D3H1MK Law Courts, Nairobi, Kenya

The Legal Effect of Rendezvous Clause in the East African Community- European Union Economic Partnership Agreement

This paper explores the legal effect of the rendezvous clause in the East African Community and the European Union Economic partnership Agreement. In particular, the article scrutinizes the binding force of the clause and the likely obligation it will impose on the state parties (a pactum de negotiando or a pactum de contrahendo). The paper also highlights the World Trade Organization’s legal framework in relation to future agreements in the areas covered by the
rendezvous clause, especially trade in services. Finally, the paper examines the possible implication of the application of the rendezvous clause’s obligations on the trade in services within the EAC.

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Ceding Sovereign Powers of the Partner States to the East African Community – A Viable Integration Model?

As a result of the changing nature of public international law, state sovereignty is increasingly becoming limited in the interests of the broader international community. The central thesis of this paper is that the East African Community Treaty, 1999 envisages the ceding of sovereignty by Partner States to the Community organs, though implicitly. It posits that the integration model adopted by the East African Community (EAC) is rather sceptical compared to other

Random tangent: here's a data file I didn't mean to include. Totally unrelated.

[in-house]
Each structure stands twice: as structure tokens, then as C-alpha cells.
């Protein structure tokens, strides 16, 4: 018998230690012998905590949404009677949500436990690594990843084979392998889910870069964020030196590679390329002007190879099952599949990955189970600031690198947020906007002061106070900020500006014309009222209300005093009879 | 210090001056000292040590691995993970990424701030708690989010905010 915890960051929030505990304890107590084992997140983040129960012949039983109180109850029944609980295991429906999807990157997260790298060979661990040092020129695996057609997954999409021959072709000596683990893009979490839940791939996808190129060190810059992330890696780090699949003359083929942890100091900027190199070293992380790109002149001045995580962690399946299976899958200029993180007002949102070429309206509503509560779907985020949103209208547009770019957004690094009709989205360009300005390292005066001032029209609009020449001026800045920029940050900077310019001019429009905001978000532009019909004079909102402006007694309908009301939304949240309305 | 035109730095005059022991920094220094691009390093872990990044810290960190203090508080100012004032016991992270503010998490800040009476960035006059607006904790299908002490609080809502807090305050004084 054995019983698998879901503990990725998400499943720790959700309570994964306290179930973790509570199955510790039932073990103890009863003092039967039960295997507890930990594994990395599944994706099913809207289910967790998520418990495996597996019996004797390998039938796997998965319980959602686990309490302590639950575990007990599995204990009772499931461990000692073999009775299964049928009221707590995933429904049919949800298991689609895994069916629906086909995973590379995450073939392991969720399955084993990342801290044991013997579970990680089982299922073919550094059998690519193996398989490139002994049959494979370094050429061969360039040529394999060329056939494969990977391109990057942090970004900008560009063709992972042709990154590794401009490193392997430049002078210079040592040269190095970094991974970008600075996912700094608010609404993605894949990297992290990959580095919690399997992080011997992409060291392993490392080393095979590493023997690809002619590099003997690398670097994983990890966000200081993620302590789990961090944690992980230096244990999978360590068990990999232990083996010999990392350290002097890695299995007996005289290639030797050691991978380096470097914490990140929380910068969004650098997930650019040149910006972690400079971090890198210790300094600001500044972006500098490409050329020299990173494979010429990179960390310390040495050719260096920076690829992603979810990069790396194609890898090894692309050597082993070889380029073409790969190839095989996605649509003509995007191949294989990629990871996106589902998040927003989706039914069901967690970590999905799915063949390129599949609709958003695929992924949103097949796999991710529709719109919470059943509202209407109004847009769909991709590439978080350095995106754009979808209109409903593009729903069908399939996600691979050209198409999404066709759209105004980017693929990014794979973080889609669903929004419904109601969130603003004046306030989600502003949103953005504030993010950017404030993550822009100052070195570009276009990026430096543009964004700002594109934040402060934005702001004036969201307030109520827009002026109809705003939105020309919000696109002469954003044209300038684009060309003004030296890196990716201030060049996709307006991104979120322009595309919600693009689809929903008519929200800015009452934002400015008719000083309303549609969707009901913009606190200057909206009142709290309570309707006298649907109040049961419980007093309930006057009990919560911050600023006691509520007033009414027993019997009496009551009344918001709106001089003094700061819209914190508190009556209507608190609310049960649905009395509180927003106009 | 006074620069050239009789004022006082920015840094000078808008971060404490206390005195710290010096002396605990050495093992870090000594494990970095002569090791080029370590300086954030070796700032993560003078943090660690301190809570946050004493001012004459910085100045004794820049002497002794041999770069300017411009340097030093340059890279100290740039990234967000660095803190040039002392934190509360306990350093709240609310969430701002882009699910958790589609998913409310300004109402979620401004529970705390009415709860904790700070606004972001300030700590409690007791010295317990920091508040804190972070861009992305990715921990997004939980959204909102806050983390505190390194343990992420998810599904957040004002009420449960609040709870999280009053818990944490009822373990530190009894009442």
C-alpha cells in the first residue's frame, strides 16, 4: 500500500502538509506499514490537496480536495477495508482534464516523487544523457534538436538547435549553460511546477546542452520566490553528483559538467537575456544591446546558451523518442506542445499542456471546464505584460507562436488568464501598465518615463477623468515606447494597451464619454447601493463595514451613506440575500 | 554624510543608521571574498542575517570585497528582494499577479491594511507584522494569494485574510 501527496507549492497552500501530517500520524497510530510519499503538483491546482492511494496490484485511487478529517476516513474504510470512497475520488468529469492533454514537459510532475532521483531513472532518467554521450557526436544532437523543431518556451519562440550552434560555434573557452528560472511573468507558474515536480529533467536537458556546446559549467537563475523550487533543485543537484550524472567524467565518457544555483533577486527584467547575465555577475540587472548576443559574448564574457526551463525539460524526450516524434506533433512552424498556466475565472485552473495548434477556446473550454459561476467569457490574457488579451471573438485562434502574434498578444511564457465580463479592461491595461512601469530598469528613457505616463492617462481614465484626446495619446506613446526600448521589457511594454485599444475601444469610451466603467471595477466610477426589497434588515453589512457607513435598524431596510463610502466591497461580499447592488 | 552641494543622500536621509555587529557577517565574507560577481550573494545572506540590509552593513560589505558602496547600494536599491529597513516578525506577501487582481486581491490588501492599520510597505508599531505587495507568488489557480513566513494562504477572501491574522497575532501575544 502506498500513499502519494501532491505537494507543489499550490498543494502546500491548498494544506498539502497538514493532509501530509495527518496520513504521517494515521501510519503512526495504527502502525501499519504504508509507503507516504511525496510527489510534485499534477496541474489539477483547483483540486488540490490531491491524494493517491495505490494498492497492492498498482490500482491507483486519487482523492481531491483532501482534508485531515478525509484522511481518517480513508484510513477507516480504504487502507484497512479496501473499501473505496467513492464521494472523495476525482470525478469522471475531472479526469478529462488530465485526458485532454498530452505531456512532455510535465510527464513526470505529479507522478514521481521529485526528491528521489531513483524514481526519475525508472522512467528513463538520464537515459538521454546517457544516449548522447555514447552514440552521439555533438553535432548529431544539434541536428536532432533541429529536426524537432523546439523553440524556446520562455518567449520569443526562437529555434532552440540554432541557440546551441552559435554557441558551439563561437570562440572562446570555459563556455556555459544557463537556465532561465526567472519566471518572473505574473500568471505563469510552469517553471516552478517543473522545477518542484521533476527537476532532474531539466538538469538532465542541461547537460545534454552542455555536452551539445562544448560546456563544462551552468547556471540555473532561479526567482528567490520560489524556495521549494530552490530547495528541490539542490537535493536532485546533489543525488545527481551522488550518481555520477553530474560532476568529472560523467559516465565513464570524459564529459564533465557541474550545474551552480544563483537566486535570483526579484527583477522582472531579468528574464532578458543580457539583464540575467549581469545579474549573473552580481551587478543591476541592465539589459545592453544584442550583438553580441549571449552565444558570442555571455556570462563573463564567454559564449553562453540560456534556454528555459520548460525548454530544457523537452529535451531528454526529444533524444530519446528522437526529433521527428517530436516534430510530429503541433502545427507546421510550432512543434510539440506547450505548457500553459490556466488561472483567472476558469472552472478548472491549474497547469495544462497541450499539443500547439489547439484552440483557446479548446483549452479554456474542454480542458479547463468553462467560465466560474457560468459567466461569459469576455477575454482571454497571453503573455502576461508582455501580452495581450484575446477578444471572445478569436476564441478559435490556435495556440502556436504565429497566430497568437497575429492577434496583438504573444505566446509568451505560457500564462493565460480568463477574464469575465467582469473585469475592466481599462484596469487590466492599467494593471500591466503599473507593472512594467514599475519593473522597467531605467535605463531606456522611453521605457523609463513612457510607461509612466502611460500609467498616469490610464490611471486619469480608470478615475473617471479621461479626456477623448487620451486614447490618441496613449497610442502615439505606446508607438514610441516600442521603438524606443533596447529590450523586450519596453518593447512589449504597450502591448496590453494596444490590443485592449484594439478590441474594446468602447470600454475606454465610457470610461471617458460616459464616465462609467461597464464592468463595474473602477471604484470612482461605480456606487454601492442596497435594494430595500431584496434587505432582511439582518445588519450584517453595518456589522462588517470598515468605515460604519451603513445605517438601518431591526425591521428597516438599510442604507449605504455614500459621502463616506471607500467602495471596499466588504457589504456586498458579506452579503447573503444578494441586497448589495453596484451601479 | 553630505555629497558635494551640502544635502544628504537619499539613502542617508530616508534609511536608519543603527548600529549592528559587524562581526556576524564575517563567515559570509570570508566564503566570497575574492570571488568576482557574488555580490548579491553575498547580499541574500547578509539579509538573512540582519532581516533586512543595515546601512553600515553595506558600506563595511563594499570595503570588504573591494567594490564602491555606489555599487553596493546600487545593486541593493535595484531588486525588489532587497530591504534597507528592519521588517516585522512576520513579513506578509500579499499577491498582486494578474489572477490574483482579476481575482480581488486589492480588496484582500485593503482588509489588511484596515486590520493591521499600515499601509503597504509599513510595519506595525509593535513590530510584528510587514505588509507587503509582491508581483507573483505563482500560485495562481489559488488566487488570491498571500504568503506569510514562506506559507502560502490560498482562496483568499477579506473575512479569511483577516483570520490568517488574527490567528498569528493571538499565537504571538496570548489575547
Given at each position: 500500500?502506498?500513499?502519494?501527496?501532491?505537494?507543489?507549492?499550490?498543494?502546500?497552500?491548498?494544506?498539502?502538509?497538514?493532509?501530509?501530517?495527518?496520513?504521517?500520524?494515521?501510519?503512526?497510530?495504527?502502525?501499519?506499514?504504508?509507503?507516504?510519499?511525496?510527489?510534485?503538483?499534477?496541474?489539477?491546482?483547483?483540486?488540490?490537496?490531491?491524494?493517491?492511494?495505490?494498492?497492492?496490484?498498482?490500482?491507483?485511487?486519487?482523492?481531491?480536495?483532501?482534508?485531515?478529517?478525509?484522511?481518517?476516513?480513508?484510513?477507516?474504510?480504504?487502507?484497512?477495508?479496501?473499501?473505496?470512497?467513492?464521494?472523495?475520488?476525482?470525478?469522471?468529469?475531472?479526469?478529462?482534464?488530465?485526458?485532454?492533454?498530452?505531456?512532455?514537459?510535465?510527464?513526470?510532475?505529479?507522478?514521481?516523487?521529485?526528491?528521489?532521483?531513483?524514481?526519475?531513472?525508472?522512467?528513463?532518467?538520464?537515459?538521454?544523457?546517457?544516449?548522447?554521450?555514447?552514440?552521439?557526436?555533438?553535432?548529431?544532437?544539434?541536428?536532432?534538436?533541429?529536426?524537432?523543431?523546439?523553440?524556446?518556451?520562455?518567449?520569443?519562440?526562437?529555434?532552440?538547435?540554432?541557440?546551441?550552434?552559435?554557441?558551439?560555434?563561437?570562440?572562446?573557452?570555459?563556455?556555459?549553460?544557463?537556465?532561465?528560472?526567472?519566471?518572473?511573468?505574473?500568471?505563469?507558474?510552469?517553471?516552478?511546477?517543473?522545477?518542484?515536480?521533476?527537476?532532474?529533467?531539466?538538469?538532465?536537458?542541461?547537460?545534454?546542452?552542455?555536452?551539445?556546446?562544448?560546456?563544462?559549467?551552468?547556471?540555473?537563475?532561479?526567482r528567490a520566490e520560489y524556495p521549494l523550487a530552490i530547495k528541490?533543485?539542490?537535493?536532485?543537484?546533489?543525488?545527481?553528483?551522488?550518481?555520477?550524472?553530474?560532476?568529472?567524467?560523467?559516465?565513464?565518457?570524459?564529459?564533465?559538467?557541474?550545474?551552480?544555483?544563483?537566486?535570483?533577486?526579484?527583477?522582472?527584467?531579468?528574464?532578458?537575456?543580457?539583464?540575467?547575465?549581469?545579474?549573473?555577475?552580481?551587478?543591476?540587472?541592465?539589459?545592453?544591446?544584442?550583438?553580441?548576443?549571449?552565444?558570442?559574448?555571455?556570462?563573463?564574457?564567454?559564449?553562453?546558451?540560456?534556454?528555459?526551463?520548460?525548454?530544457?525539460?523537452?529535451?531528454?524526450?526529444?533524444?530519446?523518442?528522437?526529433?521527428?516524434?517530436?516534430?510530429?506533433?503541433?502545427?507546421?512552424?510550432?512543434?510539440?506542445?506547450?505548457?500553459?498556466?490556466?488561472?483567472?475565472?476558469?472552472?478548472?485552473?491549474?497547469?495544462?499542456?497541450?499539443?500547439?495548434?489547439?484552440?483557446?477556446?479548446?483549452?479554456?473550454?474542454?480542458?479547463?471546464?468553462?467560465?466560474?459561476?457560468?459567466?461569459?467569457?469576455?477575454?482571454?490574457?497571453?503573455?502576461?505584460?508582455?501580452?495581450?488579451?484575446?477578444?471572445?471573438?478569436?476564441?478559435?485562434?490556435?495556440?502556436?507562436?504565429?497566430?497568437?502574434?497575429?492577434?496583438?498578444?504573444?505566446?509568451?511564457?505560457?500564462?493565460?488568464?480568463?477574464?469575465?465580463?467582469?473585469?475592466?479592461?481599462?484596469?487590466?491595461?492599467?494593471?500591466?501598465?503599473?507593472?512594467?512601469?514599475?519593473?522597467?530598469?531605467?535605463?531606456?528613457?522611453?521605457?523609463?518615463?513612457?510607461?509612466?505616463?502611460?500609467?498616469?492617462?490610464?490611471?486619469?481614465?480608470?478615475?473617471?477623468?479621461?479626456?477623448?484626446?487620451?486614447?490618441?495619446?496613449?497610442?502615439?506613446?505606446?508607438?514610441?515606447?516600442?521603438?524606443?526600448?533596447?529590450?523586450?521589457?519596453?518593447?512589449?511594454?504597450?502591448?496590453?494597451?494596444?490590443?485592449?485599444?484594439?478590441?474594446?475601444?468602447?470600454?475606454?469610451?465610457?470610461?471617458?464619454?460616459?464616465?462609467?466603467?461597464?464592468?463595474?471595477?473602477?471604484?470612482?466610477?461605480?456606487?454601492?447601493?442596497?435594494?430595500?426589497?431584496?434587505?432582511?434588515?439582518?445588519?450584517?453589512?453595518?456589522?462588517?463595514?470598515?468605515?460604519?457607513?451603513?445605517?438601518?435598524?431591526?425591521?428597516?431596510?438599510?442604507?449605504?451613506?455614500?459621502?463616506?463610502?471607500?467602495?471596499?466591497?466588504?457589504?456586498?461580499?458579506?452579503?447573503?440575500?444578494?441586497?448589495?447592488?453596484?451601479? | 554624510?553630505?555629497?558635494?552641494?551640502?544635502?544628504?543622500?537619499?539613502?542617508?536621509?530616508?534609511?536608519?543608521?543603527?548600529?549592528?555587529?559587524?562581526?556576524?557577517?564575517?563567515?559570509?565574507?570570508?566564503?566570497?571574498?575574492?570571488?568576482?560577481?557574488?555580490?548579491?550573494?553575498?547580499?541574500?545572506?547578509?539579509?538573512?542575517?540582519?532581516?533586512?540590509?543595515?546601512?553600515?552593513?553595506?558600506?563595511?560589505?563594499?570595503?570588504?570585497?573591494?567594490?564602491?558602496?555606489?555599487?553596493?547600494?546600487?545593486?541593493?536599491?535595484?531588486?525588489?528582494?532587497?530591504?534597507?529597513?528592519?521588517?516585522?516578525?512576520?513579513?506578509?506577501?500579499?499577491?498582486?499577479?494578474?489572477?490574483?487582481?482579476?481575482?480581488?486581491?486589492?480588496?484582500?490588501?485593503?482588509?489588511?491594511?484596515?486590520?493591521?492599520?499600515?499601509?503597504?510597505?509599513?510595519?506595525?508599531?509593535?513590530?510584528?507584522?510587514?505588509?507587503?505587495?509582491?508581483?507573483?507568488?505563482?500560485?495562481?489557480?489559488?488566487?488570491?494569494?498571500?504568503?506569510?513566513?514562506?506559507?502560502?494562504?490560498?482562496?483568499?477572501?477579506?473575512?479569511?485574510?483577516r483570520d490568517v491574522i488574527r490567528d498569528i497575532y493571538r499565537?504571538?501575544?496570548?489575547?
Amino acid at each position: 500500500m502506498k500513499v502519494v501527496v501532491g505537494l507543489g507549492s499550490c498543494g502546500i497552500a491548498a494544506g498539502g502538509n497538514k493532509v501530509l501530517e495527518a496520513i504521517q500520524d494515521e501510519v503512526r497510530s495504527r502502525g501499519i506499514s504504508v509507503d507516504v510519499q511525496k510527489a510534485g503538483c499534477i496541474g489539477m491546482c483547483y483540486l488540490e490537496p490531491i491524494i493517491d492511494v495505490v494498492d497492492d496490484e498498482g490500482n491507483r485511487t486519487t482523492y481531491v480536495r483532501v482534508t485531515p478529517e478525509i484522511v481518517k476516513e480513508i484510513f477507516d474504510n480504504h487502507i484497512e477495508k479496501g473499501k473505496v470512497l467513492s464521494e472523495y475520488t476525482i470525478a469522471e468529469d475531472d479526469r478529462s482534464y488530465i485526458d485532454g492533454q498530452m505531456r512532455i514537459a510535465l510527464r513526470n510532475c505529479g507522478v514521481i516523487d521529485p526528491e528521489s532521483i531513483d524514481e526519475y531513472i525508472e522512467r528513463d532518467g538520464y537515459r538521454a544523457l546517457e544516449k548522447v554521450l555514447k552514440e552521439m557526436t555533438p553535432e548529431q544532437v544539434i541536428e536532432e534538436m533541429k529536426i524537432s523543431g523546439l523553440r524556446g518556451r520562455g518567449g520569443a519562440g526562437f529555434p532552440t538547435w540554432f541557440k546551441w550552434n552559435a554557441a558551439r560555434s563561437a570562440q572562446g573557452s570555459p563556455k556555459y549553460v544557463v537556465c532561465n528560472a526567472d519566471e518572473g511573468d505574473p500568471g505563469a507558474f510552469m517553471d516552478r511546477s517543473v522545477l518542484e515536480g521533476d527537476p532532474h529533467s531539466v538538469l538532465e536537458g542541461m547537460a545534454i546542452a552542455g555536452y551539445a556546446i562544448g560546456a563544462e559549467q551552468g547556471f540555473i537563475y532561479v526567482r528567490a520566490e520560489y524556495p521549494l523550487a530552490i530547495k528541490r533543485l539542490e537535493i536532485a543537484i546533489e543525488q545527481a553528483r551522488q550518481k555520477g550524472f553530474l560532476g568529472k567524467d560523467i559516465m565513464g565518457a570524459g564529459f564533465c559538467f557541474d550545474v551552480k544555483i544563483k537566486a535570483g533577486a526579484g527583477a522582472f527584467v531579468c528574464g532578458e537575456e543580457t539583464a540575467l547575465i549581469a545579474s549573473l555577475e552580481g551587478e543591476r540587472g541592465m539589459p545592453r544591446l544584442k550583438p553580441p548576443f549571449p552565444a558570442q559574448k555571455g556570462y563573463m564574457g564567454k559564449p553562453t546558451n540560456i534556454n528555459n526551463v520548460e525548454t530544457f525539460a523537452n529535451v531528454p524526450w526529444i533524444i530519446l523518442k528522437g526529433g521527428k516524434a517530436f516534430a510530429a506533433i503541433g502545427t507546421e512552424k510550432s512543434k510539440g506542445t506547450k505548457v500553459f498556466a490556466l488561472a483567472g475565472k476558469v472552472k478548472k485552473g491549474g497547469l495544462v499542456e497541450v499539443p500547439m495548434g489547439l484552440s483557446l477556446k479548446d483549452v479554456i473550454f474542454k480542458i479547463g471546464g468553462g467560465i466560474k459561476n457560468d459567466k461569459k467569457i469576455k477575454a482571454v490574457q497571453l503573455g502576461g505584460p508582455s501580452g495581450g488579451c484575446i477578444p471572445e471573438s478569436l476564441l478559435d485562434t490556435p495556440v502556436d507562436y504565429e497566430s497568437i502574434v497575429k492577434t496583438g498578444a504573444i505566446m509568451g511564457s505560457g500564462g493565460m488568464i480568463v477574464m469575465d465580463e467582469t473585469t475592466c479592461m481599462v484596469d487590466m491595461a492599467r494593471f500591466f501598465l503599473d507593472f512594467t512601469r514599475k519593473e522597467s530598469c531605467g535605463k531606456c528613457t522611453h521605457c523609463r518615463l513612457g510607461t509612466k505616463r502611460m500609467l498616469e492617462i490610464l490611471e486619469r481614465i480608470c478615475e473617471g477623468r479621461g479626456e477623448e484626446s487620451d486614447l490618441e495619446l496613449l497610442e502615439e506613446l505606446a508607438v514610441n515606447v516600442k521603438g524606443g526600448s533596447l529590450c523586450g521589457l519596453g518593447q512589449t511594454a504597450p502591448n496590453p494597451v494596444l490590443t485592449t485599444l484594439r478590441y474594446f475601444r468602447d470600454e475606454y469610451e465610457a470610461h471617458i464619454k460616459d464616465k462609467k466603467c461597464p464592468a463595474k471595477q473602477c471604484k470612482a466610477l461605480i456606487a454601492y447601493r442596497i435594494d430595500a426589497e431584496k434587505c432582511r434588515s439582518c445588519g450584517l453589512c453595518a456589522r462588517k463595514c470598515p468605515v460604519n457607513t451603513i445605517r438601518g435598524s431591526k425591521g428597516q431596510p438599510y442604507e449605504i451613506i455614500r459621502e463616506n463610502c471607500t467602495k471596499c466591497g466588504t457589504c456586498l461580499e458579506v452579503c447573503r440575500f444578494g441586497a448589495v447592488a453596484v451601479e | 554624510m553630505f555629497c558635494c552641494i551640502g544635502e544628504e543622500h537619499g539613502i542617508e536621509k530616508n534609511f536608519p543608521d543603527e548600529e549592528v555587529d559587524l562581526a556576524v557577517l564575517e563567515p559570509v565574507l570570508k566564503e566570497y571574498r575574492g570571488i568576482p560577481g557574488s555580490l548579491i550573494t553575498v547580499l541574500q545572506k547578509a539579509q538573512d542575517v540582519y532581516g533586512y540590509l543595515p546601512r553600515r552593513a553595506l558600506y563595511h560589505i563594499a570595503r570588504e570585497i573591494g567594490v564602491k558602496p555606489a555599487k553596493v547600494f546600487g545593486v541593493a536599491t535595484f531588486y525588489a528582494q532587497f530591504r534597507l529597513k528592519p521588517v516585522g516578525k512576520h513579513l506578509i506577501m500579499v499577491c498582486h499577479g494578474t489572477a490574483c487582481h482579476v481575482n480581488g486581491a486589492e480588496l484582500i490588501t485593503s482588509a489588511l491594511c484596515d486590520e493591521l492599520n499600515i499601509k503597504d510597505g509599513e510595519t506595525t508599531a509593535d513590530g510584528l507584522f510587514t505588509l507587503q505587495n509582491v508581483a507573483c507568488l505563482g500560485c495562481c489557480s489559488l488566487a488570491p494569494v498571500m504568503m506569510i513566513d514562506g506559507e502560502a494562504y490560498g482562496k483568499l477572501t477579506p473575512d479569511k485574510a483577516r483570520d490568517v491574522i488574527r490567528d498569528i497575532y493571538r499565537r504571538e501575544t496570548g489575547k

regional blocs whose provisions on pooling of the sovereignty are explicit. The paper thus addresses the legal aspects of transfer of sovereign power and its implications for the growing importance of regional economic integration. It
suggests that the commitment to the EAC integration process not only requires the explicit inclusion of elements of ceding sovereignty to the Community in order to facilitate the integration process but also the political will of the Partner States to abide by the decisions resulting from the powers so ceded.